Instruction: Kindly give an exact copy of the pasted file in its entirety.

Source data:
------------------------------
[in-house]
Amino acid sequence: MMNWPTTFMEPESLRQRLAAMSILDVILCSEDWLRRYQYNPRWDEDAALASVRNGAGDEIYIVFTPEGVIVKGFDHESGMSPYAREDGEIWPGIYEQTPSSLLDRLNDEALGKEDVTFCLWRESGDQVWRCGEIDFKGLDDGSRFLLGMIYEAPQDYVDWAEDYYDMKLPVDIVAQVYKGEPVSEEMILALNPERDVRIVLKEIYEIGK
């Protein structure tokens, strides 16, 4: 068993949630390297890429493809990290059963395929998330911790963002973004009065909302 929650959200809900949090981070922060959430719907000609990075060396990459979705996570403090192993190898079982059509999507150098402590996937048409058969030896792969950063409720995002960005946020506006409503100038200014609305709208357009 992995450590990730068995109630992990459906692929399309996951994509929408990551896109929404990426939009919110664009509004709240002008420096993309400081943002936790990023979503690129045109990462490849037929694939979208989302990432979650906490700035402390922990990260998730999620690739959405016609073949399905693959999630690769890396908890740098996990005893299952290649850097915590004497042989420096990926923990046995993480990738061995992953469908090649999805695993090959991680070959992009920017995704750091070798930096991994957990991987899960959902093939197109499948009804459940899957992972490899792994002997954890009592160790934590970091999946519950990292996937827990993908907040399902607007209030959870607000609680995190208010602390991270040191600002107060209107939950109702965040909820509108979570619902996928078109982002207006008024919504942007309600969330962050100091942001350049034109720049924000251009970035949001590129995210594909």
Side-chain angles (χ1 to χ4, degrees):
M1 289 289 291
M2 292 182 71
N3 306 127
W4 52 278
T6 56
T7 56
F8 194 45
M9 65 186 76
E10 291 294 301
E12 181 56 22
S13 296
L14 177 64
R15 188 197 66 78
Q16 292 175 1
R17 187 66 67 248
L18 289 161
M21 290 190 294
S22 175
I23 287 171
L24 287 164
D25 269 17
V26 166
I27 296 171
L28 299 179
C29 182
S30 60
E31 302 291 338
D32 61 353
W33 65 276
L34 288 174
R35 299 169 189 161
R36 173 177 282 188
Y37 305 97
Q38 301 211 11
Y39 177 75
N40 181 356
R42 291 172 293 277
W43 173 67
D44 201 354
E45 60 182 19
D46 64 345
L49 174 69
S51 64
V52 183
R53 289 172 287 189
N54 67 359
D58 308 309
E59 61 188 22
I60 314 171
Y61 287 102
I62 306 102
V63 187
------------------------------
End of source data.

[in-house]
Amino acid sequence: MMNWPTTFMEPESLRQRLAAMSILDVILCSEDWLRRYQYNPRWDEDAALASVRNGAGDEIYIVFTPEGVIVKGFDHESGMSPYAREDGEIWPGIYEQTPSSLLDRLNDEALGKEDVTFCLWRESGDQVWRCGEIDFKGLDDGSRFLLGMIYEAPQDYVDWAEDYYDMKLPVDIVAQVYKGEPVSEEMILALNPERDVRIVLKEIYEIGK
């Protein structure tokens, strides 16, 4: 068993949630390297890429493809990290059963395929998330911790963002973004009065909302 929650959200809900949090981070922060959430719907000609990075060396990459979705996570403090192993190898079982059509999507150098402590996937048409058969030896792969950063409720995002960005946020506006409503100038200014609305709208357009 992995450590990730068995109630992990459906692929399309996951994509929408990551896109929404990426939009919110664009509004709240002008420096993309400081943002936790990023979503690129045109990462490849037929694939979208989302990432979650906490700035402390922990990260998730999620690739959405016609073949399905693959999630690769890396908890740098996990005893299952290649850097915590004497042989420096990926923990046995993480990738061995992953469908090649999805695993090959991680070959992009920017995704750091070798930096991994957990991987899960959902093939197109499948009804459940899957992972490899792994002997954890009592160790934590970091999946519950990292996937827990993908907040399902607007209030959870607000609680995190208010602390991270040191600002107060209107939950109702965040909820509108979570619902996928078109982002207006008024919504942007309600969330962050100091942001350049034109720049924000251009970035949001590129995210594909």
Side-chain angles (χ1 to χ4, degrees):
M1 289 289 291
M2 292 182 71
N3 306 127
W4 52 278
T6 56
T7 56
F8 194 45
M9 65 186 76
E10 291 294 301
E12 181 56 22
S13 296
L14 177 64
R15 188 197 66 78
Q16 292 175 1
R17 187 66 67 248
L18 289 161
M21 290 190 294
S22 175
I23 287 171
L24 287 164
D25 269 17
V26 166
I27 296 171
L28 299 179
C29 182
S30 60
E31 302 291 338
D32 61 353
W33 65 276
L34 288 174
R35 299 169 189 161
R36 173 177 282 188
Y37 305 97
Q38 301 211 11
Y39 177 75
N40 181 356
R42 291 172 293 277
W43 173 67
D44 201 354
E45 60 182 19
D46 64 345
L49 174 69
S51 64
V52 183
R53 289 172 287 189
N54 67 359
D58 308 309
E59 61 188 22
I60 314 171
Y61 287 102
I62 306 102
V63 187